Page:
The Indian Ocean is similarly complex, and the difficulties posed by its remoteness become more apparent with each passing day. The first search zone reached south into the southern Indian Ocean, toward the Antarctic Circumpolar Current, which flows east and circulates around the entire globe at the South Pole. Above it, flowing in the opposite direction, is the Indian Ocean Gyre, where the second and third search zones have been located.

In short, there is nothing simple or completely predictable about currents in this corner of the world. (See "Searching for the Missing Malaysian Jet at the Ends of the Earth.")

"You see eddies and whirlpools. Things can get wrapped around and go down plugholes. Things accumulate between different waters of different temperatures. Air temperatures change the wind. Everything in the ocean is a balance of forces," Griffin says.

Tracking the Buoys

Griffin's team has one thing going for it: research buoys that have been in use for more than 40 years. In the late 1970s, scientists from the National Oceanographic and Atmospheric Administration (NOAA), working with scientists from Australia and other countries, began dropping drift buoys regularly into the Atlantic, Pacific, and Indian Oceans for oceanographic and climate research. Tracked by satellites, the buoy data provides a coherent picture of ocean currents.

"We are very fortunate that quite a few buoys were deployed last year close to where the projected crash site is," he says. "We already know quite a bit about the trajectories that buoys take in this corner of the world—not enough to tell us where the debris has gone, but they tell us that our methods of testing these things are correct."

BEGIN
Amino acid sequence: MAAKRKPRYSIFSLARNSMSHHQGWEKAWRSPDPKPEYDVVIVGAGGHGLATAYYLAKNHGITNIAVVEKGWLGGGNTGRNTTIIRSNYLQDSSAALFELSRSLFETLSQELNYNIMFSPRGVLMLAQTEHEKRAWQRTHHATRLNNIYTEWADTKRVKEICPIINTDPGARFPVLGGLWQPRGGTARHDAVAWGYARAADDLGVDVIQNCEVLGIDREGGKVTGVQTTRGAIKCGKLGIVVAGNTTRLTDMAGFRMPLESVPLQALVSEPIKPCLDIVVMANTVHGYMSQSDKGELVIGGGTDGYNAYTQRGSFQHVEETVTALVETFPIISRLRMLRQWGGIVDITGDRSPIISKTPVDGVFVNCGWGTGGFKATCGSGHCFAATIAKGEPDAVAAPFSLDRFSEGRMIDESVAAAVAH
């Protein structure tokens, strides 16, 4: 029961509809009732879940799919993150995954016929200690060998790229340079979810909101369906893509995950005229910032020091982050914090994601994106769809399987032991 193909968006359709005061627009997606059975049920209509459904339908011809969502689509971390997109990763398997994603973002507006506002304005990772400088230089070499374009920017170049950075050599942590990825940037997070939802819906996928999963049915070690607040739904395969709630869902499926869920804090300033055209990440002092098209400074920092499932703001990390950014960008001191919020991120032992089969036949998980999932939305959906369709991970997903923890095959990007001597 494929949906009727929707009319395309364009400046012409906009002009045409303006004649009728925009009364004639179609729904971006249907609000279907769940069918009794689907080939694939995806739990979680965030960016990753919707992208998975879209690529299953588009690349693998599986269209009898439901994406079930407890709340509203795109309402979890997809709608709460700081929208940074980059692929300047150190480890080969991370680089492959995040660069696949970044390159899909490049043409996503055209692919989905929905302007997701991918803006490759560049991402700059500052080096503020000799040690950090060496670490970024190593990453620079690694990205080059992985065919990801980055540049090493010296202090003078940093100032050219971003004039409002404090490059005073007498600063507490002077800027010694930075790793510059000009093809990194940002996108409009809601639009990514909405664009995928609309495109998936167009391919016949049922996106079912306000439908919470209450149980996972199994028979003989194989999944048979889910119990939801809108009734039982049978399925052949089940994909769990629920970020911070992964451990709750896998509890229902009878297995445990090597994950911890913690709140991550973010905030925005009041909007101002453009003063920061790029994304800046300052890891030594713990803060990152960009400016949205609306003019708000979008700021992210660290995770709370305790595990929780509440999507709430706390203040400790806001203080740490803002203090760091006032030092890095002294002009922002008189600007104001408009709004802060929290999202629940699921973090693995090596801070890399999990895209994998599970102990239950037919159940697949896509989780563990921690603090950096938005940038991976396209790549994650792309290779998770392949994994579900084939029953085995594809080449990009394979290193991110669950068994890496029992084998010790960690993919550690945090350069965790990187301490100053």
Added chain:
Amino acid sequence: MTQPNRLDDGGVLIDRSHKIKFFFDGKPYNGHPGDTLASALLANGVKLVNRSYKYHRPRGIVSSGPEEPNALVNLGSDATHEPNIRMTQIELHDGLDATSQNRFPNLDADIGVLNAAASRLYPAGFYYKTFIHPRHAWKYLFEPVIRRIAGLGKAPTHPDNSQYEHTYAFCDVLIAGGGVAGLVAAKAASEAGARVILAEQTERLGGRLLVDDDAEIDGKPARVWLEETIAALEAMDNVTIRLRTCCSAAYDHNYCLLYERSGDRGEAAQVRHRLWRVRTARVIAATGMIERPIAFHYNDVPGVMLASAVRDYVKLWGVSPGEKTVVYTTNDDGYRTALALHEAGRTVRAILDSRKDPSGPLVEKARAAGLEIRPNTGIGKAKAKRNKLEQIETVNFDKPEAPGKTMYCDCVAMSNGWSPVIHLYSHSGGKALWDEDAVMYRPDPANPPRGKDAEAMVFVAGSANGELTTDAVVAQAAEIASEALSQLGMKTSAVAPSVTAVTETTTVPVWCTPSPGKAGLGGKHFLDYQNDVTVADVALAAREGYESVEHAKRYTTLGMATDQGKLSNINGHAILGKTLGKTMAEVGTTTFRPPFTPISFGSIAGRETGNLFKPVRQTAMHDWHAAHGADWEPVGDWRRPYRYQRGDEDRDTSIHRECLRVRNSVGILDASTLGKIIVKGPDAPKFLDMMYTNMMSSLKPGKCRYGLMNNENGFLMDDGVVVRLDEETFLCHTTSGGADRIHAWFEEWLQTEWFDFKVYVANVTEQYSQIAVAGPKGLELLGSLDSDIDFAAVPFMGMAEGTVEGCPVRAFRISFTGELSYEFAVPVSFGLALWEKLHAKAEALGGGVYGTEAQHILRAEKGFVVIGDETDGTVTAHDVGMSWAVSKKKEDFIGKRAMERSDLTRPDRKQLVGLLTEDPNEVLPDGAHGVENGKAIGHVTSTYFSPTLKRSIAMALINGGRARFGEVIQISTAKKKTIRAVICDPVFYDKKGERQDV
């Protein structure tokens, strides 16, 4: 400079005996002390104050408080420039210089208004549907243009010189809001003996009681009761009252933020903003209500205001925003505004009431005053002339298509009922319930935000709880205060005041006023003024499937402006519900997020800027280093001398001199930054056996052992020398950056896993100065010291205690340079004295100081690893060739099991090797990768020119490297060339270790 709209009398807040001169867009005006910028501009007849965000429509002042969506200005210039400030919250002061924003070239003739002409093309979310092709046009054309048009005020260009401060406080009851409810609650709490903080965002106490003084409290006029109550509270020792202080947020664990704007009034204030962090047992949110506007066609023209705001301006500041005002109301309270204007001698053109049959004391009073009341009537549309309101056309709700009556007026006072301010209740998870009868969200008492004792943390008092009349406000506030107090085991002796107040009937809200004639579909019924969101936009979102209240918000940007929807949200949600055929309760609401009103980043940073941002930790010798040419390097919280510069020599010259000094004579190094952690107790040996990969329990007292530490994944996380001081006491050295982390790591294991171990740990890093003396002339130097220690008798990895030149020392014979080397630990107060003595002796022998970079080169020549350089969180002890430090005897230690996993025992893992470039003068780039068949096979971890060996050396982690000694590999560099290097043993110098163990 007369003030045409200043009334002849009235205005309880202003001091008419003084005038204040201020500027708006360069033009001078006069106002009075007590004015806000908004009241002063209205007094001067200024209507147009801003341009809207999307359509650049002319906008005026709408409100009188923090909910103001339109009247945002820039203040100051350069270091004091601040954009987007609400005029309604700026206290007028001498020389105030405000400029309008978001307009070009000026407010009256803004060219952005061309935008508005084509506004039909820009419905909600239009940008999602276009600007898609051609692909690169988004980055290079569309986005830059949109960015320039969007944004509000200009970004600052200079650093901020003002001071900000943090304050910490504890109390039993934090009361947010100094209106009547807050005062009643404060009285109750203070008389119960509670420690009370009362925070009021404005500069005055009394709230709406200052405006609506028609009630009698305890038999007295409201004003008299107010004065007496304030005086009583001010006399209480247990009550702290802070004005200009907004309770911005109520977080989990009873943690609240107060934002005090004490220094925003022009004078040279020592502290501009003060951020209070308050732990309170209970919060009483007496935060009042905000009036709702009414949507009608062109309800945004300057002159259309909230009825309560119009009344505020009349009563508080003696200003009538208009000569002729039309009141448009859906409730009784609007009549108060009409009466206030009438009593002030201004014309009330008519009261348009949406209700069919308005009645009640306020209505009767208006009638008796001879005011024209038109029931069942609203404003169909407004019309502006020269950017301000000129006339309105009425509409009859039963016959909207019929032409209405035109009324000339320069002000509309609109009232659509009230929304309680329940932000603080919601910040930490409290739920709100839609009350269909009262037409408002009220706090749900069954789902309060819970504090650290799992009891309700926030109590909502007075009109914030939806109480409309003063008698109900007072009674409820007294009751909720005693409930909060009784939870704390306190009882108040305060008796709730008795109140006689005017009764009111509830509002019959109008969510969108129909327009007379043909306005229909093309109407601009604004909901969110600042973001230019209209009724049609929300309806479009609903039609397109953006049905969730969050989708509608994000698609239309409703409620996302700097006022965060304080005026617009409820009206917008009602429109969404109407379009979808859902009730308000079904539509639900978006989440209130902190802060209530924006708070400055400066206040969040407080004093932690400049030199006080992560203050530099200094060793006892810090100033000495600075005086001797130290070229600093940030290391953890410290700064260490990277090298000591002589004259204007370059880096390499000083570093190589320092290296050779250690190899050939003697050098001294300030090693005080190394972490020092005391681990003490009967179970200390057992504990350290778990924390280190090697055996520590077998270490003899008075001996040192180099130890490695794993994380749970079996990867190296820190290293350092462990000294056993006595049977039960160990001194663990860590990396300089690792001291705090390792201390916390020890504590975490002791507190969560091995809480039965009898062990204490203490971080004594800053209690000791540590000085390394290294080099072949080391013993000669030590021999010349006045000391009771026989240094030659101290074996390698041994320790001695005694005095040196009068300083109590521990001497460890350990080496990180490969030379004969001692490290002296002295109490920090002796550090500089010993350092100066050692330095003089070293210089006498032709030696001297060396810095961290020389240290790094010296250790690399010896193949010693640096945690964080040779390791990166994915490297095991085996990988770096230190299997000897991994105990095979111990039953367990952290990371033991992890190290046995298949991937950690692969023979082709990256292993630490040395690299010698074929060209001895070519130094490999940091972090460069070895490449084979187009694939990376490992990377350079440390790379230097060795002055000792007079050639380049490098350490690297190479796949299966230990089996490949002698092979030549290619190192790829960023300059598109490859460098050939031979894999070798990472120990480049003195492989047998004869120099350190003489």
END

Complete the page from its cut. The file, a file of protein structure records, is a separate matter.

The trajectories showed how unpredictable the Indian Ocean can be. Griffin tracked one buoy as it appeared to move south in a straight line from western Australia to the southern Indian Ocean. When the satellite took a closer look, it revealed that the buoy was trapped in the center of a clockwise-rotating eddy and that the eddy was moving along in a straight line.

"It stayed inside that eddy for 15 months," he says. "That was one of those oh-my-god moments."

The search zones themselves are as uncertain as the waters being searched. They were drawn up using data from Inmarsat, the British company whose satellite picked up seven pings—the so-called handshake—from the Boeing 777 that seemed to indicate the jetliner flew on an arc across the southern Indian Ocean.

By contrast, the searchers looking for the Air France plane, which crashed in 2009, had the advantage of information unavailable to the flotilla now roaming the Indian Ocean. Investigators looking for the doomed Airbus knew the jet's airspeed, its last known location, and the time it fell from the sky.

Even so, the plane remained undiscovered until May 2011. In that case, searchers had unpredictable seas to contend with as well. The ocean currents where the plane went down divided and flowed in opposite directions: easterly in one area and westerly in another, just 60 miles away.

"So if you were looking halfway in-between, the plane debris could be in either of those two regions," Limeburner says.

Air France hired a team of scientists to model possible scenarios, just as the Australians have done now.

"Each one had their own model. It was like a talk show. Each has his own pet and thought his pet was the best," Limeburner says.

Even so, none of those models led to the wreckage. Finally, during the last 18 months of the search, Limeburner worked with another scientist and created a new set of models.

They deployed nine drifting buoys in an area around the last known position of the plane, and intentionally set them adrift at the same time of year as the crash had occurred.

"We did it a year later, with the understanding that it wasn't going to tell us what happened at the time, but would characterize the ocean for us at the time of the crash," Limeburner says. "We used data from those drift buoys to predict a path of debris."

They drew a circle around the area 20 to 30 miles (32 to 48 kilometers) in diameter and found the plane. It was 10 miles (16 kilometers) away from the last known position in flight.